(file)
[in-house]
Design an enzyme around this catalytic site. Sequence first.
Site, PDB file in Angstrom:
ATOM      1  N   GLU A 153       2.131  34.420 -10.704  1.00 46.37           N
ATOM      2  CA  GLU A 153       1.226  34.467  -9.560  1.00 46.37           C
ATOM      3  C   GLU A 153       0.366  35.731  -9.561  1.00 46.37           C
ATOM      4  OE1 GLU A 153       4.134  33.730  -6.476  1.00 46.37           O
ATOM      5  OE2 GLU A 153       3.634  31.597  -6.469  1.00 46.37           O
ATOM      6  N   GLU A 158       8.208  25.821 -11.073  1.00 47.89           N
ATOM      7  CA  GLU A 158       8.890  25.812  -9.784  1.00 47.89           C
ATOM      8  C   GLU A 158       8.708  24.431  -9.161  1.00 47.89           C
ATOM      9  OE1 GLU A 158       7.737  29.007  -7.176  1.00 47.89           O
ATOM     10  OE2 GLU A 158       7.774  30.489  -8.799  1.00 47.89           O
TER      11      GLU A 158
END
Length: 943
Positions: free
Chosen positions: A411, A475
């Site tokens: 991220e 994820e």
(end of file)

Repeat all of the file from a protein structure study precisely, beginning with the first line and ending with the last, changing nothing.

[in-house]
Design an enzyme around this catalytic site. Sequence first.
Site, PDB file in Angstrom:
ATOM      1  N   GLU A 153       2.131  34.420 -10.704  1.00 46.37           N
ATOM      2  CA  GLU A 153       1.226  34.467  -9.560  1.00 46.37           C
ATOM      3  C   GLU A 153       0.366  35.731  -9.561  1.00 46.37           C
ATOM      4  OE1 GLU A 153       4.134  33.730  -6.476  1.00 46.37           O
ATOM      5  OE2 GLU A 153       3.634  31.597  -6.469  1.00 46.37           O
ATOM      6  N   GLU A 158       8.208  25.821 -11.073  1.00 47.89           N
ATOM      7  CA  GLU A 158       8.890  25.812  -9.784  1.00 47.89           C
ATOM      8  C   GLU A 158       8.708  24.431  -9.161  1.00 47.89           C
ATOM      9  OE1 GLU A 158       7.737  29.007  -7.176  1.00 47.89           O
ATOM     10  OE2 GLU A 158       7.774  30.489  -8.799  1.00 47.89           O
TER      11      GLU A 158
END
Length: 943
Positions: free
Chosen positions: A411, A475
């Site tokens: 991220e 994820e």